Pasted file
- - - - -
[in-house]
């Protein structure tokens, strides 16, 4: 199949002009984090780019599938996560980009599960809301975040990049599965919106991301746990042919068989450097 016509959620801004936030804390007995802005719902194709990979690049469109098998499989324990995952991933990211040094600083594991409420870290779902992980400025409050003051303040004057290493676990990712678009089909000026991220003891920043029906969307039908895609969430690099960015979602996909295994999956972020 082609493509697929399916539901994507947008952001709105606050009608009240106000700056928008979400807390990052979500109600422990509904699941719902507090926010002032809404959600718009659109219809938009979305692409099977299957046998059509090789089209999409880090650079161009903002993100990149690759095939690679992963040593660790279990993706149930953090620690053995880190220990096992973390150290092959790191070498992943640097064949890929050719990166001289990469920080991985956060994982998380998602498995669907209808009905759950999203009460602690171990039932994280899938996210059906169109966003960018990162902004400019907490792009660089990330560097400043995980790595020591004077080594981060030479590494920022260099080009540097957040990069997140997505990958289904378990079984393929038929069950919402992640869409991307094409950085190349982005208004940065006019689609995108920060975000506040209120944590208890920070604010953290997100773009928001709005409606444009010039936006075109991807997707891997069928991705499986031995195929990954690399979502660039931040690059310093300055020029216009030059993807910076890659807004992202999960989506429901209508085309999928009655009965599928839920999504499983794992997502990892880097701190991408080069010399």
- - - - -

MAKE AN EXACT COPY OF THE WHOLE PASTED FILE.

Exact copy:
[in-house]
């Protein structure tokens, strides 16, 4: 199949002009984090780019599938996560980009599960809301975040990049599965919106991301746990042919068989450097 016509959620801004936030804390007995802005719902194709990979690049469109098998499989324990995952991933990211040094600083594991409420870290779902992980400025409050003051303040004057290493676990990712678009089909000026991220003891920043029906969307039908895609969430690099960015979602996909295994999956972020 082609493509697929399916539901994507947008952001709105606050009608009240106000700056928008979400807390990052979500109600422990509904699941719902507090926010002032809404959600718009659109219809938009979305692409099977299957046998059509090789089209999409880090650079161009903002993100990149690759095939690679992963040593660790279990993706149930953090620690053995880190220990096992973390150290092959790191070498992943640097064949890929050719990166001289990469920080991985956060994982998380998602498995669907209808009905759950999203009460602690171990039932994280899938996210059906169109966003960018990162902004400019907490792009660089990330560097400043995980790595020591004077080594981060030479590494920022260099080009540097957040990069997140997505990958289904378990079984393929038929069950919402992640869409991307094409950085190349982005208004940065006019689609995108920060975000506040209120944590208890920070604010953290997100773009928001709005409606444009010039936006075109991807997707891997069928991705499986031995195929990954690399979502660039931040690059310093300055020029216009030059993807910076890659807004992202999960989506429901209508085309999928009655009965599928839920999504499983794992997502990892880097701190991408080069010399």